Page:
Japan Researchers Create Sperm from Stem Cells

Fertility scientists in Japan created sperm-producing germ cells in a laboratory and implanted them into infertile mice and after the treatment, these mice were able to produce healthy offspring.

The discovery, which has been described by experts as “hugely exciting”, could help thousands of infertile men become parents if the process proves similarly successful in humans.

Researchers at Kyoto University were able to use stem cells from mouse embryos to create primordial germ cells, which drive the production of sperm in men. When implanted to the testicles of infertile mice, the cells then produced normal-looking sperm.

The research team was led by Dr. Katsuhiko Hayashi, and they injected the sperm into mouse eggs and transplanted them into female mice, which were then able to give birth to healthy pups.

According to a study in the Cell journal, the babies were capable of reproducing naturally once they grew up. Previous experimental attempts to create sperm from embryonic stem cells have been quite unsuccessful and in most cases, they even led to unhealthy offspring which soon died.

Fertility expert Dr. Allan Pacey, senior lecturer in andrology at the University of Sheffield, said, “This is quite a step forward in developing a process by which sperm could be made for infertile men, perhaps by taking as a starting point a cell from their skin or from something like bone marrow. Clearly more work needs to be done to refine this process, but it’s hugely exciting.”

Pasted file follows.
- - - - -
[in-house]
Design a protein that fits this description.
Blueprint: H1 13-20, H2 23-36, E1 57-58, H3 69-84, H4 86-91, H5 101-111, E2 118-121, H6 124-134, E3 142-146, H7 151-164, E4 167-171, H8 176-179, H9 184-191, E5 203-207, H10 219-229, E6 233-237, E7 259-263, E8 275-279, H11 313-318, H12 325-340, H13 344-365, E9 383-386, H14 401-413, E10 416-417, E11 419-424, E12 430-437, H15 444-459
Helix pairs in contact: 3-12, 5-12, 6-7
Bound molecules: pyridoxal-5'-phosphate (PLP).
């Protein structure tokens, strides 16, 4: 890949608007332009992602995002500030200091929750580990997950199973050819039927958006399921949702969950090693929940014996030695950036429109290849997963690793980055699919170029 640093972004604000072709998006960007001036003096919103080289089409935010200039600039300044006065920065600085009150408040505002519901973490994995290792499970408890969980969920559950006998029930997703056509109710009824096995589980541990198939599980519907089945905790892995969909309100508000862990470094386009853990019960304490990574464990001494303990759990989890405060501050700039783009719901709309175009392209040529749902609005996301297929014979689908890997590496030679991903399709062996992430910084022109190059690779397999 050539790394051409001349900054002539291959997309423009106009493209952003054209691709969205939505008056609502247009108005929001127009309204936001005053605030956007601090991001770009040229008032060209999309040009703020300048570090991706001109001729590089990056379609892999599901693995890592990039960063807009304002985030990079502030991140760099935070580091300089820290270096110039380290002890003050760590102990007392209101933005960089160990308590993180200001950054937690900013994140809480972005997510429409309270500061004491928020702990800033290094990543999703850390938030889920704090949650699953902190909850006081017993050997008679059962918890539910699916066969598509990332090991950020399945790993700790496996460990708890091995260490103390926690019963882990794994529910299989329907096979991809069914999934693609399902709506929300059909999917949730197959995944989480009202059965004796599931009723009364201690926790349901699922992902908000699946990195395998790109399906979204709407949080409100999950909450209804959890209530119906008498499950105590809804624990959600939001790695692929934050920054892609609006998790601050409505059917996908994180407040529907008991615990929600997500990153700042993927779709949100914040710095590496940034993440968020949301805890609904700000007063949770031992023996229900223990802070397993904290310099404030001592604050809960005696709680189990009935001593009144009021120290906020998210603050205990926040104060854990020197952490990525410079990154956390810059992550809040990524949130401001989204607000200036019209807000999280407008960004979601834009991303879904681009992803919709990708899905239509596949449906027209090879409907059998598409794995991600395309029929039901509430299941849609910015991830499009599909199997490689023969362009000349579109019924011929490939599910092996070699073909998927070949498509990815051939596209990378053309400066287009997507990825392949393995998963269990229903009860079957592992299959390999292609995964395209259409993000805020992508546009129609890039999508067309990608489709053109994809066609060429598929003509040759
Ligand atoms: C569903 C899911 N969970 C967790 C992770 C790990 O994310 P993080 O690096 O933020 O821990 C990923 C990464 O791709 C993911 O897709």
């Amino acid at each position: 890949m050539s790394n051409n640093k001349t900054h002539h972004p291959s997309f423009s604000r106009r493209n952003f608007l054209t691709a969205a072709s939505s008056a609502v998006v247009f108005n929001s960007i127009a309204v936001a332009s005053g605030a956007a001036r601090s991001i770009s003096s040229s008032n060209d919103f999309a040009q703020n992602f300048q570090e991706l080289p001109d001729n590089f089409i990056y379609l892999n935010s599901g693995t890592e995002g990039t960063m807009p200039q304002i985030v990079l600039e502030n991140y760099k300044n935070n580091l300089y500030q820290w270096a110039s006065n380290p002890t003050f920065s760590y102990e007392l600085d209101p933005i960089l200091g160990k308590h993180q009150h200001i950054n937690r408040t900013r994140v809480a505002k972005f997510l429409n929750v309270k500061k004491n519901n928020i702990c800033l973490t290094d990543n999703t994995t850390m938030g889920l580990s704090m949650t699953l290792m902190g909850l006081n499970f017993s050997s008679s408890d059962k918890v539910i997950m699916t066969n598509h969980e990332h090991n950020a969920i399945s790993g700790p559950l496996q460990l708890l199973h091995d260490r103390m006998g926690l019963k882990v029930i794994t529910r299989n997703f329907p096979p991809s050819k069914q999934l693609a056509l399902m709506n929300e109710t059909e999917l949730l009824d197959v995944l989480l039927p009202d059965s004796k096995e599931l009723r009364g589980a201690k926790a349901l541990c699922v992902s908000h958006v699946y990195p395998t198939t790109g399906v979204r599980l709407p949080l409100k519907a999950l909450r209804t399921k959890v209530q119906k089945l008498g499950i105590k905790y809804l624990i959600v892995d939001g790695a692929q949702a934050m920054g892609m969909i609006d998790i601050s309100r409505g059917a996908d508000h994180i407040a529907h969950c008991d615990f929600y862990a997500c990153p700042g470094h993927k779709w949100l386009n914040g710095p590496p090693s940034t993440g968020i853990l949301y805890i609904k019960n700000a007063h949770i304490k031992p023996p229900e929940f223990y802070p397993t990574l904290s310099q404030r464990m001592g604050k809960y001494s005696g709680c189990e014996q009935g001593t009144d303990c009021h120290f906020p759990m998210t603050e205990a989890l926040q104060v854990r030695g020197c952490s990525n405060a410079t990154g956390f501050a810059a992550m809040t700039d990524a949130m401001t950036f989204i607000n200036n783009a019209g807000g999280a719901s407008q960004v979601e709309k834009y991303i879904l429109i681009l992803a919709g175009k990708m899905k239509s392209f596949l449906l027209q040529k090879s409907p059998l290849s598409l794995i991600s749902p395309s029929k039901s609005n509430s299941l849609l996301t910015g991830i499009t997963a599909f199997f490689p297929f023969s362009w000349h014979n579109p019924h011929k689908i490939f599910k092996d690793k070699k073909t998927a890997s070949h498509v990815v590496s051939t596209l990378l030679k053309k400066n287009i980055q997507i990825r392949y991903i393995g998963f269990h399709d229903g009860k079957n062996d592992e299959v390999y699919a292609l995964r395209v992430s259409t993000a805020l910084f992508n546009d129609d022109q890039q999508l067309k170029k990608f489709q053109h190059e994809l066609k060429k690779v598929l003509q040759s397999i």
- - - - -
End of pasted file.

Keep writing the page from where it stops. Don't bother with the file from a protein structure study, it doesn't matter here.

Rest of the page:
Pacey also said, “The philosophy of the law is to stop that kind of thing happening. But in this case you’re not technically creating sperm, so it might be that you can sidestep this regulation. It all depends on definition.”

George Daley, director of the stem-cell transplantation program at Children’s Hospital Boston, who read the Cell paper but wasn’t involved in the study has also stated, “It’s a brilliant set of experiments. They restored fertility in the mice. It lays the groundwork for major insights into sperm development and fertility.”

No comments yet.

Leave a Reply